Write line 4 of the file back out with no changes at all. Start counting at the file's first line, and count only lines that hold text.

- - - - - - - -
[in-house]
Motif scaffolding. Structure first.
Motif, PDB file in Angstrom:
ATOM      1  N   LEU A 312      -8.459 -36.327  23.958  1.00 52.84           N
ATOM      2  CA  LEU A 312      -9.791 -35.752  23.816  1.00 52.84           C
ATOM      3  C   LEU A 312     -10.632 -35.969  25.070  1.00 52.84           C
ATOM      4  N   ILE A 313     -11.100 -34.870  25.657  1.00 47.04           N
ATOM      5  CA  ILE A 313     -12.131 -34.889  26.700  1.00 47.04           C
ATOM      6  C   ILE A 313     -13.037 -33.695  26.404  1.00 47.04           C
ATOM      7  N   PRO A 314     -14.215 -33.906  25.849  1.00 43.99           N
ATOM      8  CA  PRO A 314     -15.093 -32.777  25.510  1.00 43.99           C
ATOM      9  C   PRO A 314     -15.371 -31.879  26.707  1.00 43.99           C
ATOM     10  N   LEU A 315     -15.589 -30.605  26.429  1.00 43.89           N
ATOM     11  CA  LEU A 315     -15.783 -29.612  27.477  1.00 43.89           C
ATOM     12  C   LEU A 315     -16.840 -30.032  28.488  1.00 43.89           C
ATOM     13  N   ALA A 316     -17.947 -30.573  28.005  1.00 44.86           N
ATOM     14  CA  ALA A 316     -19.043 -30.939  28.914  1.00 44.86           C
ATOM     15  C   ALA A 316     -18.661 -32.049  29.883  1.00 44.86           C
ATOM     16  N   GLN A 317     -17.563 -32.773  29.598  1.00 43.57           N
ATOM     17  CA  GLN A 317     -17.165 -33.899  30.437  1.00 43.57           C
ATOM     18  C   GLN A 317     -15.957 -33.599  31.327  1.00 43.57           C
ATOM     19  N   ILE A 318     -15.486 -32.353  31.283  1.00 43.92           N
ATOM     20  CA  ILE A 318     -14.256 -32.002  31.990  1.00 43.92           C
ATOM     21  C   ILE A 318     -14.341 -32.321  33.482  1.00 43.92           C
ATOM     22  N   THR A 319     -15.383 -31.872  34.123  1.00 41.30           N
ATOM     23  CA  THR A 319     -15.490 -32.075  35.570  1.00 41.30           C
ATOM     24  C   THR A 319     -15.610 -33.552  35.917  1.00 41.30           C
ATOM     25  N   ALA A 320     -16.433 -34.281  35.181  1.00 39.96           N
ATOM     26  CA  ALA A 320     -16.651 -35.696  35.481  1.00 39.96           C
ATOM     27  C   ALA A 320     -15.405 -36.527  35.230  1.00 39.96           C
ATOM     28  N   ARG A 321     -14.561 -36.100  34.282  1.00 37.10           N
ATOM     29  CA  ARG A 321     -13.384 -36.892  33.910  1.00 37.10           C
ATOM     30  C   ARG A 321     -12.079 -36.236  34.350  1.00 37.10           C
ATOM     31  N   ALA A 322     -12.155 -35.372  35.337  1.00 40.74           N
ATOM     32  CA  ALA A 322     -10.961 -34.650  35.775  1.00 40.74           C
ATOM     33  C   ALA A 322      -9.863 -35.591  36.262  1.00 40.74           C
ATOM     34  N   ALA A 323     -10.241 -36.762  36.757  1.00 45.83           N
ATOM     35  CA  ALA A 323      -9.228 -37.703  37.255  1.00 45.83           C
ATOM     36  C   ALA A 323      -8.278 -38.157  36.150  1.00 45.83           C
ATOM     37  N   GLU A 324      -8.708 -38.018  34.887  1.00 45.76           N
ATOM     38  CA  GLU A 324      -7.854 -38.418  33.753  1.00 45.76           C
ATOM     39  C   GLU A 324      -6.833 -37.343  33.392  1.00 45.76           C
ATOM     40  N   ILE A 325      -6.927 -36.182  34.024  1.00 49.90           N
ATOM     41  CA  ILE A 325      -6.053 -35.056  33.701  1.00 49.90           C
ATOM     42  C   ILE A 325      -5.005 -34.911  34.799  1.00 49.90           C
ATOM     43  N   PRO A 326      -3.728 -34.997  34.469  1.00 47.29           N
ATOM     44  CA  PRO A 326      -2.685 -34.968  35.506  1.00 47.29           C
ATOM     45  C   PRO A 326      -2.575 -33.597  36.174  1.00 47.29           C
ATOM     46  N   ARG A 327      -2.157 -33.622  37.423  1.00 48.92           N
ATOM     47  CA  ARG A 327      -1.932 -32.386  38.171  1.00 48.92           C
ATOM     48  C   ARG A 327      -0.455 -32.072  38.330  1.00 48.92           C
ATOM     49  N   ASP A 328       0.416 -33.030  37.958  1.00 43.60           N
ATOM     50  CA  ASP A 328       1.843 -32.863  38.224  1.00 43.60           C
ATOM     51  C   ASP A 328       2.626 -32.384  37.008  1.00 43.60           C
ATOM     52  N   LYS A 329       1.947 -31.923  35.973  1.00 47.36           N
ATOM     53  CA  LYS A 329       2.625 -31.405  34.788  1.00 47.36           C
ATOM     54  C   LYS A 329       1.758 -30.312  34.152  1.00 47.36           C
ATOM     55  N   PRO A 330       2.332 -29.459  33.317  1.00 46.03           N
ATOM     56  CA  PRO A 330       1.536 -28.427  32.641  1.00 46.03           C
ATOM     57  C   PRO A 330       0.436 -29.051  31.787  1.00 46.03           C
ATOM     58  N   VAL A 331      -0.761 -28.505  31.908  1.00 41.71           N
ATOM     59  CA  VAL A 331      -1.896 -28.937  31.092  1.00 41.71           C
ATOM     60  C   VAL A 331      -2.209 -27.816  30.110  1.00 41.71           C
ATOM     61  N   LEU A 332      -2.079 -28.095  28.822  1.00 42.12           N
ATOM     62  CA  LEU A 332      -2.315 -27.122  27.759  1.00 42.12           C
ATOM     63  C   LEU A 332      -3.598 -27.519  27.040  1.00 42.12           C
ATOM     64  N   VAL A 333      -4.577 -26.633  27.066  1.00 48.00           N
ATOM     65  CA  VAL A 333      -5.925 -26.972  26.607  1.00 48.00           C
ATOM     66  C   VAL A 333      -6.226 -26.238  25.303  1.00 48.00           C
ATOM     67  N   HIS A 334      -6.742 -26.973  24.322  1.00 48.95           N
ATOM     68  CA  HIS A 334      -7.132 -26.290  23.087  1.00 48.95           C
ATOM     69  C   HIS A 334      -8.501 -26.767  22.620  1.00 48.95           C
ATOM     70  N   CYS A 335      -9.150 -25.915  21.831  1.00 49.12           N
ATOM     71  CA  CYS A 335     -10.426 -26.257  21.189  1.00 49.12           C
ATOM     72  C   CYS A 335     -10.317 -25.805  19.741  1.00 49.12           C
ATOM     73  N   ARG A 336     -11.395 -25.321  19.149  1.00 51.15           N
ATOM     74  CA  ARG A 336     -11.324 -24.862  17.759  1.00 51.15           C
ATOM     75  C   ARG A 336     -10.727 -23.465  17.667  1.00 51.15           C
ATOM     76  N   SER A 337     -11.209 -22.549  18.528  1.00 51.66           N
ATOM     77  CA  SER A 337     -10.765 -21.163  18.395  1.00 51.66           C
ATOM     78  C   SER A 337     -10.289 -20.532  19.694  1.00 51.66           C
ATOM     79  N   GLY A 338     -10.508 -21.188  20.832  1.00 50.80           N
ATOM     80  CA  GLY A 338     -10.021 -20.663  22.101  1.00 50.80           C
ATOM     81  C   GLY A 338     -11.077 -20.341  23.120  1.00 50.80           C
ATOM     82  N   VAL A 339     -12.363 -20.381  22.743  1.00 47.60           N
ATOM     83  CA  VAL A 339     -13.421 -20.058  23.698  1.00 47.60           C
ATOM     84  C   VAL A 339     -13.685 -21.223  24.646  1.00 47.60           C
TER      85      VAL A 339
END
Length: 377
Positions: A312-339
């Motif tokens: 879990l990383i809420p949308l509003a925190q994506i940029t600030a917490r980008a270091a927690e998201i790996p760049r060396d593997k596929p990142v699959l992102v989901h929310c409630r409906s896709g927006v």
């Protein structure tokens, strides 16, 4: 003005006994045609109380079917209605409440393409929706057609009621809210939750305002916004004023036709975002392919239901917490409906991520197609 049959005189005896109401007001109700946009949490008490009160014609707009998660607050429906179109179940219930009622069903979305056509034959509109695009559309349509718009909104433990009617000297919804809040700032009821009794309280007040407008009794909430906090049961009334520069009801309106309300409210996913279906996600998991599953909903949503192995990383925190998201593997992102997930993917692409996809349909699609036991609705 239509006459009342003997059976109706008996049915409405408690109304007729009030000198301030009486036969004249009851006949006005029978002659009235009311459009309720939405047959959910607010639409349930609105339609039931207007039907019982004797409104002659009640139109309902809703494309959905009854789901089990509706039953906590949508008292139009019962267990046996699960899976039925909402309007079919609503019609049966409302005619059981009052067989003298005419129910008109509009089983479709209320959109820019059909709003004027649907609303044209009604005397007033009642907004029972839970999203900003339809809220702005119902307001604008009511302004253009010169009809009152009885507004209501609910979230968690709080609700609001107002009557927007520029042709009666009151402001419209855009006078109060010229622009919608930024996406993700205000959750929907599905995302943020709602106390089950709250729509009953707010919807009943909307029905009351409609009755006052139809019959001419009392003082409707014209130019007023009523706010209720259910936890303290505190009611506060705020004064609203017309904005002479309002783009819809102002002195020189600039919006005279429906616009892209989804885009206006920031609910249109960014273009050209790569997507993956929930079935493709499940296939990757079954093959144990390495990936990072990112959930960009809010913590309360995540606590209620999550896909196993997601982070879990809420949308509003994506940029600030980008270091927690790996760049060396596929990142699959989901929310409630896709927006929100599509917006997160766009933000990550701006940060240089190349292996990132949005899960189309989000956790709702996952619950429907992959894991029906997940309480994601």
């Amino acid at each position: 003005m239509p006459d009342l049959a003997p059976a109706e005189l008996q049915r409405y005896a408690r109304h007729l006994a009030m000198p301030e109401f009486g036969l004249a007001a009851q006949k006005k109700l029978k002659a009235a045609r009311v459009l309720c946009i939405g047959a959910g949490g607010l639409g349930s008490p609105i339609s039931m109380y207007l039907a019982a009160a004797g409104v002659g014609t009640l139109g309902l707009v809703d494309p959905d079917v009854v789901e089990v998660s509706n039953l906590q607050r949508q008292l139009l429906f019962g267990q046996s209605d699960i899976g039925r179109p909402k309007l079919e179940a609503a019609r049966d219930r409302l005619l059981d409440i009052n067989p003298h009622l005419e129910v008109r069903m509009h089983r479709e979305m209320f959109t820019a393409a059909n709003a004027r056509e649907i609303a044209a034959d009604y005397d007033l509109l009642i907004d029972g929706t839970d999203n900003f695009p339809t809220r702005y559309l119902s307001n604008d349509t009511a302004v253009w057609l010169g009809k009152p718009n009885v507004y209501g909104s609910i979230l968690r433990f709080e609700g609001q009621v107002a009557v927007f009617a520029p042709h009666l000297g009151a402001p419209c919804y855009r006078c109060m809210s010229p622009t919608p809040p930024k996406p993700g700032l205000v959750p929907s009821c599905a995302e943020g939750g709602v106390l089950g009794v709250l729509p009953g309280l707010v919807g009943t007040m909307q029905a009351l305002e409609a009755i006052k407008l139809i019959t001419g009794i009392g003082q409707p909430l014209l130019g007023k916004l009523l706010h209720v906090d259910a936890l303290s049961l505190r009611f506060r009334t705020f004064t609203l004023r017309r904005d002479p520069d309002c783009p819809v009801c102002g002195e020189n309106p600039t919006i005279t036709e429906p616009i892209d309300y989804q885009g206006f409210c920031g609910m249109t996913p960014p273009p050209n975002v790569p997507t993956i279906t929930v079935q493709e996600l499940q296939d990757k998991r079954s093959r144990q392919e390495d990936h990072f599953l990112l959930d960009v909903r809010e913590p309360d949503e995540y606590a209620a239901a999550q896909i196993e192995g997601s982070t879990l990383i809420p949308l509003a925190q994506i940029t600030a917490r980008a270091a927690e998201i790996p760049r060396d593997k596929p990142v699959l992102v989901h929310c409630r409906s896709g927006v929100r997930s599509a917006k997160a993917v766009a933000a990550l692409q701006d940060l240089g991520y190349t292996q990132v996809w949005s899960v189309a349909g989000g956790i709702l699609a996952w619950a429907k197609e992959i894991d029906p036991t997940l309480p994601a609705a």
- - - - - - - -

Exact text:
ATOM      1  N   LEU A 312      -8.459 -36.327  23.958  1.00 52.84           N